Thank you, Randy.

    David Deeble for “Contributor” status!…Who’s with me?

    • #23
    • February 1, 2017 at 3:54 pm
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  24. Profile photo of Randy Weivoda Thatcher

    Nanda Panjandrum (View Comment):

    David Deeble (View Comment):

    Randy Weivoda (View Comment):

    David Deeble (View Comment):
    Thanks for up voting me to the main feed, friends. Maybe it’s because I’m on a cruise ship at sea but I don’t actually see it on the main feed so that I may share it with others. Any help on this issue? Thank you!

    I think that breaching the threshold no longer automatically moves a post to the Main Feed. I believe a signal is sent to the editors so they can review it before moving it up.

    Thank you, Randy.

    David Deeble for “Contributor” status!…Who’s with me?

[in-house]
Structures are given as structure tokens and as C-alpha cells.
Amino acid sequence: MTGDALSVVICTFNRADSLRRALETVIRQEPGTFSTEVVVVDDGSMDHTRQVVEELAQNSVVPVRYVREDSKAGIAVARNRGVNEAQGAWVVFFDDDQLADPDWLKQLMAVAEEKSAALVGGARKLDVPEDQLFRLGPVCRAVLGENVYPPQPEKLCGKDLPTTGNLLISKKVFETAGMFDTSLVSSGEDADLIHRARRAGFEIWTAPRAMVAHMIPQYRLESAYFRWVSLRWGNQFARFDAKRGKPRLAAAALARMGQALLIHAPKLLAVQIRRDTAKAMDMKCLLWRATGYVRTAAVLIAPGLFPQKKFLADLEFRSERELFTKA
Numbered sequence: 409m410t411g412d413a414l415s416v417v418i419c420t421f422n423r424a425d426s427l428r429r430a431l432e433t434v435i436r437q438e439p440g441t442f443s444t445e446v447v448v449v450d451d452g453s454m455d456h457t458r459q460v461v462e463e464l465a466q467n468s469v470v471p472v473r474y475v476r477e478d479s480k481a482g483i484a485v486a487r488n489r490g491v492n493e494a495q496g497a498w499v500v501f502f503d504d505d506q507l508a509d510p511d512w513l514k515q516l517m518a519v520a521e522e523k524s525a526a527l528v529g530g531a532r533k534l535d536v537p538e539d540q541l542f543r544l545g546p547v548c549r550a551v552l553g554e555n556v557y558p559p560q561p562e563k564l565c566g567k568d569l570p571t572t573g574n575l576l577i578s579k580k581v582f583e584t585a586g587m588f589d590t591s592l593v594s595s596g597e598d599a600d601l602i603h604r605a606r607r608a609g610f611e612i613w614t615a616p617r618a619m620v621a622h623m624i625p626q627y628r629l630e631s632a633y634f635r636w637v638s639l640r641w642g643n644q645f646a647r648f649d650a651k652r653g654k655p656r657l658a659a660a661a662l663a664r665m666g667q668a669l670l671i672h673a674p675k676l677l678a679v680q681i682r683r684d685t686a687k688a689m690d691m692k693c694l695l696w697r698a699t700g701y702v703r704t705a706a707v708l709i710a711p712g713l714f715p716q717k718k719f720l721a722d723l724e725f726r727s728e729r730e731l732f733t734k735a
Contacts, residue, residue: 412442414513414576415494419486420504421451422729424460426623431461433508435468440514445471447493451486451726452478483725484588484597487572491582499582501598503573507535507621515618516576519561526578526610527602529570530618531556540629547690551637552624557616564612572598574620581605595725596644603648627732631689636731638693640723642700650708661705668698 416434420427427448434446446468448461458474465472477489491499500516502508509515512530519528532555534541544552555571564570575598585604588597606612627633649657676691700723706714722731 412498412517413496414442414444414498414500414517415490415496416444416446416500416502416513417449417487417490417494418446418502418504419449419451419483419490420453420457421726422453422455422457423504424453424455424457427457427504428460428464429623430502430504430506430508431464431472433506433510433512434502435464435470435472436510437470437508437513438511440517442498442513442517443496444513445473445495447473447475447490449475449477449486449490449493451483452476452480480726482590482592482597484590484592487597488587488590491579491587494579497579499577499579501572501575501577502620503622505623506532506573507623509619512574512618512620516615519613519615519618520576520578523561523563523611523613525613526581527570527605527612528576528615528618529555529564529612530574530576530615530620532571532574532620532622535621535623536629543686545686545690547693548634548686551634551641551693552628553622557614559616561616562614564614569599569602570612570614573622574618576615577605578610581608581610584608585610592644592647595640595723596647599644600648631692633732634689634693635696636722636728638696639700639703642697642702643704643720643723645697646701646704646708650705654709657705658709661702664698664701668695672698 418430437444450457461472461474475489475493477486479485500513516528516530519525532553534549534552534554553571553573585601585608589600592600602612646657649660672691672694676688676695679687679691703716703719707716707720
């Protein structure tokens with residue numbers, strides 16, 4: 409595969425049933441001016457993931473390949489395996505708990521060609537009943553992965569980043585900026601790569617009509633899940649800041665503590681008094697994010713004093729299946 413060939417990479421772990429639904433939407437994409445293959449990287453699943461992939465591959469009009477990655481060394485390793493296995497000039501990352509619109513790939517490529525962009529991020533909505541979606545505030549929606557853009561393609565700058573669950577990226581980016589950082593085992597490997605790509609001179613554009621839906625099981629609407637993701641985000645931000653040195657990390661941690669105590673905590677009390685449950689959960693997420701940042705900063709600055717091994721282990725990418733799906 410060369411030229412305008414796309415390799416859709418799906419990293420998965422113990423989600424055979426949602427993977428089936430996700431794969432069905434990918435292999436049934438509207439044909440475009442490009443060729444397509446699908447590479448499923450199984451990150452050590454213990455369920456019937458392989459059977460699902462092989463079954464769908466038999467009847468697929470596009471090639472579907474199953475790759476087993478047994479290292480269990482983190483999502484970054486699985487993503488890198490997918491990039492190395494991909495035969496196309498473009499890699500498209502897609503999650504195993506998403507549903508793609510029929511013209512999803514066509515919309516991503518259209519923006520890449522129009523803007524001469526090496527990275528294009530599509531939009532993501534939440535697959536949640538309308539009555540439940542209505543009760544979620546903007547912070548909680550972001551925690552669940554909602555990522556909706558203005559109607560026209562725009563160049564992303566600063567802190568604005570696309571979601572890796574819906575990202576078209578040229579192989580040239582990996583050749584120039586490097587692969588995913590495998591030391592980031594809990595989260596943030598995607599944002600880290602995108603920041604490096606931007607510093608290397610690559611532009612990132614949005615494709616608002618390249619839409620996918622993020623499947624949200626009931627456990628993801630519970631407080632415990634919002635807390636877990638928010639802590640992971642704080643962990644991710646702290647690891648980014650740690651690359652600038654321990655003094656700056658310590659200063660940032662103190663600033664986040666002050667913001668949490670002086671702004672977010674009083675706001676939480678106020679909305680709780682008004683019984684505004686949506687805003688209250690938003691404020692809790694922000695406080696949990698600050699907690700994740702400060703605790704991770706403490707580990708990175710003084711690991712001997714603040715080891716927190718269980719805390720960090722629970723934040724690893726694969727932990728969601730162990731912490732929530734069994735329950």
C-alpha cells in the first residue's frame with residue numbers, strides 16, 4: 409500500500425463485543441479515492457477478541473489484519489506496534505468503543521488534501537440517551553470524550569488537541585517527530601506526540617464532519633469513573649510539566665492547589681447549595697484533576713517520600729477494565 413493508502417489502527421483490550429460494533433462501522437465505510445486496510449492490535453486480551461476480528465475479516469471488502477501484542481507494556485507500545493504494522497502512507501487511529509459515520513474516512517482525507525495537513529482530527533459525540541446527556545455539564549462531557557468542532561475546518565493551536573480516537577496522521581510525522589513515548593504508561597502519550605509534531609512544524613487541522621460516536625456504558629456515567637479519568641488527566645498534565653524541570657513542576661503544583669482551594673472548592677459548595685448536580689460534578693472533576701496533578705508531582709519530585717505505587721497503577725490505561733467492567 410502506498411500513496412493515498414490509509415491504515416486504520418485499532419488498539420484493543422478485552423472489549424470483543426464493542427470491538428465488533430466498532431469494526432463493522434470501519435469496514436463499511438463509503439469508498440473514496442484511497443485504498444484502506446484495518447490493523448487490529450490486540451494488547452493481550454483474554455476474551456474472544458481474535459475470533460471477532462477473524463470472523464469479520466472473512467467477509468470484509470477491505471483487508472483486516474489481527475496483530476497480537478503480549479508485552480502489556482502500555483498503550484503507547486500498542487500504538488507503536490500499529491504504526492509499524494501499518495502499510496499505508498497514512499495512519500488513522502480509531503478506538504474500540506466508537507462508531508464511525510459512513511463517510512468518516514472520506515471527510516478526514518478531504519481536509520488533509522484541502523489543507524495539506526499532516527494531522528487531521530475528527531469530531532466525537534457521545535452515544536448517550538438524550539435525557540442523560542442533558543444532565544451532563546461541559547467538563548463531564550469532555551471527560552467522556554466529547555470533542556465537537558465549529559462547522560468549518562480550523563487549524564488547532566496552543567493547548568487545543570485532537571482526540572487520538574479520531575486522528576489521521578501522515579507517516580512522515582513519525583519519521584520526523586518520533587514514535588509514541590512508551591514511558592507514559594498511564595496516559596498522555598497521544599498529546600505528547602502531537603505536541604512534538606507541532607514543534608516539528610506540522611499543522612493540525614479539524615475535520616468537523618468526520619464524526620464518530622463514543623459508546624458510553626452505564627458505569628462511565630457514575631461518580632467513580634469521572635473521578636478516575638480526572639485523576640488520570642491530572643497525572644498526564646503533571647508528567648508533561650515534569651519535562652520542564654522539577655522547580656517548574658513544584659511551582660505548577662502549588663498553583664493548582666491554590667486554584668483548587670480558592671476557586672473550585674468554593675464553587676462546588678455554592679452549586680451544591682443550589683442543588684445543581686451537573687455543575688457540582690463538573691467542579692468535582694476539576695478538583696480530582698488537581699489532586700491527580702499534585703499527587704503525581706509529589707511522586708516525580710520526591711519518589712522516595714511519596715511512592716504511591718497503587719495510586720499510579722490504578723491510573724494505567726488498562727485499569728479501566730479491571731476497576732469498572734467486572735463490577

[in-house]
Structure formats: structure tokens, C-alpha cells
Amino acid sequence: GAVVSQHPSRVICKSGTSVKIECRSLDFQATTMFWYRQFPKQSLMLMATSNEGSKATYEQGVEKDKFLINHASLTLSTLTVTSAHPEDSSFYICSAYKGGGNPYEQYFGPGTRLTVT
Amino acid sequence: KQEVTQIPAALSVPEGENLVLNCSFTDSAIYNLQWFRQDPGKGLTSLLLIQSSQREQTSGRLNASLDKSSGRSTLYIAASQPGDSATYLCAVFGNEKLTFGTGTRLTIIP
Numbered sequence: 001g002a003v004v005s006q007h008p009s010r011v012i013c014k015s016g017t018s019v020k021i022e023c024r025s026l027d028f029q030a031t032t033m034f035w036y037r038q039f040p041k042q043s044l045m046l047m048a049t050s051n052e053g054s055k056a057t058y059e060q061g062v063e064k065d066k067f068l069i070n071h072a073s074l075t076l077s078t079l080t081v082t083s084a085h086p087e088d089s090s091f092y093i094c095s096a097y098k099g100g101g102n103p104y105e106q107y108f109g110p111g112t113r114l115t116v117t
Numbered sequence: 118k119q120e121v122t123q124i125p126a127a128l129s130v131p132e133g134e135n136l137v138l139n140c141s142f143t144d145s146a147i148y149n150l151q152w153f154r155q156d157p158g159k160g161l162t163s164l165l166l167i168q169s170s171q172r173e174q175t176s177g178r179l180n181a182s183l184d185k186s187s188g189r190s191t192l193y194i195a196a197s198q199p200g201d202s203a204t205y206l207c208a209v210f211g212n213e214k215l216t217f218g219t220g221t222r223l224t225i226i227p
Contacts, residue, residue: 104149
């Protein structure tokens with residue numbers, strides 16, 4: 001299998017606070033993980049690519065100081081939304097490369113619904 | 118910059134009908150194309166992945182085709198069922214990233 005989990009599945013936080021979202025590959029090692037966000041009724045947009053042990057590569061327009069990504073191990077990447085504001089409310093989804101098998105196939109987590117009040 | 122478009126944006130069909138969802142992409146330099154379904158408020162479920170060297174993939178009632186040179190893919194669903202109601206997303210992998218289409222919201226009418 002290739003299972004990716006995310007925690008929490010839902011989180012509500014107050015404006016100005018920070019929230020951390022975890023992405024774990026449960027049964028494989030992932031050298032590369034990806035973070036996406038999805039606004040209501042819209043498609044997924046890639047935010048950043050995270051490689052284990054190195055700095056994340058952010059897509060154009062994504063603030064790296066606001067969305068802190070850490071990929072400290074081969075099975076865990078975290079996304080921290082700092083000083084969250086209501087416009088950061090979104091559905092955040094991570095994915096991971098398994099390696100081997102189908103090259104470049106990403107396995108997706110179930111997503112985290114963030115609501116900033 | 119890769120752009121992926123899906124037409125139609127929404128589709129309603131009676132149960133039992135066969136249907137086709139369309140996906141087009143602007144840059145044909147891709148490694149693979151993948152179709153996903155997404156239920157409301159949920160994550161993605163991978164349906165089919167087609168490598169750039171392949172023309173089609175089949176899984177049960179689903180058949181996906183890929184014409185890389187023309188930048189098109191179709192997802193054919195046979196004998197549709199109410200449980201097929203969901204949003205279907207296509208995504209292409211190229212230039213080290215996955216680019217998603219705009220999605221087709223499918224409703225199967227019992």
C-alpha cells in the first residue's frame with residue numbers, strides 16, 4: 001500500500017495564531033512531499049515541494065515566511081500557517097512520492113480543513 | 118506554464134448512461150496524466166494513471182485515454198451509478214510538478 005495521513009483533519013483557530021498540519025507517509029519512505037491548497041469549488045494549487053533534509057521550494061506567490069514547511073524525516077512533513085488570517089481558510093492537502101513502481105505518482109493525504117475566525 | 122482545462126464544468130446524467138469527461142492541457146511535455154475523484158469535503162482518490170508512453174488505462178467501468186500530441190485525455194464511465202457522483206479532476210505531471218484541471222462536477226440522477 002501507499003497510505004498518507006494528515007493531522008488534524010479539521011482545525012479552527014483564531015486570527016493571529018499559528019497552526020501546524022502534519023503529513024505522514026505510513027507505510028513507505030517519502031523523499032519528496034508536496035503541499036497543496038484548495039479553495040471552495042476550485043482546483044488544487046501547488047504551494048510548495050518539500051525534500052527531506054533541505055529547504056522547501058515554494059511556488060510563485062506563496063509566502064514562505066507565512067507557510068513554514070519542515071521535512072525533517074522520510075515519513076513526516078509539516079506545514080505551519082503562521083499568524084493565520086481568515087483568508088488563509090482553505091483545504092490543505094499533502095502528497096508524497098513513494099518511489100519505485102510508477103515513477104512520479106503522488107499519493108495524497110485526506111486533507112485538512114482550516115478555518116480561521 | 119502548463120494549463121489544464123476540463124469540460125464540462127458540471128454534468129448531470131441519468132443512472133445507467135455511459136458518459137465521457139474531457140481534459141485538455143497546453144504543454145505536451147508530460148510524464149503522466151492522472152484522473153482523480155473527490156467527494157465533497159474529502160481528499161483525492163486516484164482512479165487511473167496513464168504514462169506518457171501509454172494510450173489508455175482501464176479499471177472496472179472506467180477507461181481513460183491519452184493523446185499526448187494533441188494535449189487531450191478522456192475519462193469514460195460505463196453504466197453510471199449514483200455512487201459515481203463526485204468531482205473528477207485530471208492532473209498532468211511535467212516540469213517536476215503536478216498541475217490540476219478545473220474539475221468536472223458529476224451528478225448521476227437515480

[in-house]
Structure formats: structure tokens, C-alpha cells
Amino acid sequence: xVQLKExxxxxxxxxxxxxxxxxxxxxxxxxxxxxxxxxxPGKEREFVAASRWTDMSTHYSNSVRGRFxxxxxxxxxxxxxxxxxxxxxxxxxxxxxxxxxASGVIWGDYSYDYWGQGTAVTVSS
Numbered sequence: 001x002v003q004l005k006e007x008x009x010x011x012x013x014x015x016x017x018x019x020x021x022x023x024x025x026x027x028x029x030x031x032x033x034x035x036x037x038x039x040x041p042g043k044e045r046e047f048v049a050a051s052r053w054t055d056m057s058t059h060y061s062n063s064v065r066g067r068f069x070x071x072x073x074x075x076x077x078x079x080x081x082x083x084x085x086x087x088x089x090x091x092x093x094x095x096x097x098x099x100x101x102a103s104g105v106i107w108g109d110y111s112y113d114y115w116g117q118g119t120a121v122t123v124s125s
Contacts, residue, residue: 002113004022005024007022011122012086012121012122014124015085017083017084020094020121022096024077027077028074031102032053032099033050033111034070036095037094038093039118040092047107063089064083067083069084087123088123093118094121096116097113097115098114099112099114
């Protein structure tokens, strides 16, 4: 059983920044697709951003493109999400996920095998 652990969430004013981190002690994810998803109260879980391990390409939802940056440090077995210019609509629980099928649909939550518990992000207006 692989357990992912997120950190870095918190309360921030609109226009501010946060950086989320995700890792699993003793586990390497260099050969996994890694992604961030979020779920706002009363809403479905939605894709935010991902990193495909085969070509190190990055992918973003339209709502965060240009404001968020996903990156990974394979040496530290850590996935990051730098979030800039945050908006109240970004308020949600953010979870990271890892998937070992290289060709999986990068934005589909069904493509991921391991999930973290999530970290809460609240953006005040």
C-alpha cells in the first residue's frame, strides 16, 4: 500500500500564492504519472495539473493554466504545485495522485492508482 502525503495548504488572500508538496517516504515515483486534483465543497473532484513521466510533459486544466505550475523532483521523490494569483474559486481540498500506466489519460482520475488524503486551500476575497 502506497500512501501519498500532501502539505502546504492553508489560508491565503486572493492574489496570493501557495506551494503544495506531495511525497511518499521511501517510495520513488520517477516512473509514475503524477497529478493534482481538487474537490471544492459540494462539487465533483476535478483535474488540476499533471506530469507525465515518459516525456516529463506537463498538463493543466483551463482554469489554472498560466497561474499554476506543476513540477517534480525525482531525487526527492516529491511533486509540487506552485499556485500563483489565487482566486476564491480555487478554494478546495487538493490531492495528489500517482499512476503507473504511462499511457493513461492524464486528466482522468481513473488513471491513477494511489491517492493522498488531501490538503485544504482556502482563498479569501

Definitely!

    • #24
    • February 1, 2017 at 4:02 pm
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  25. Profile photo of RightAngles Member

    poets unshackled from the oppressive need to rhyme
    normals”

    Too many great lines to quote. Hilarious post and hilarious video!

    • #25
    • February 1, 2017 at 5:29 pm
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  26. Profile photo of Genghis Coolidge

    That’s good stuff, David. Thanks for the video. All the best going forward.

    • #26
    • February 1, 2017 at 5:48 pm
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  27. Profile photo of Matt Bartle Member

    “Parallel University” is a useful term!

    • #27
    • February 1, 2017 at 6:37 pm
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  28. Profile photo of Sabrdance Member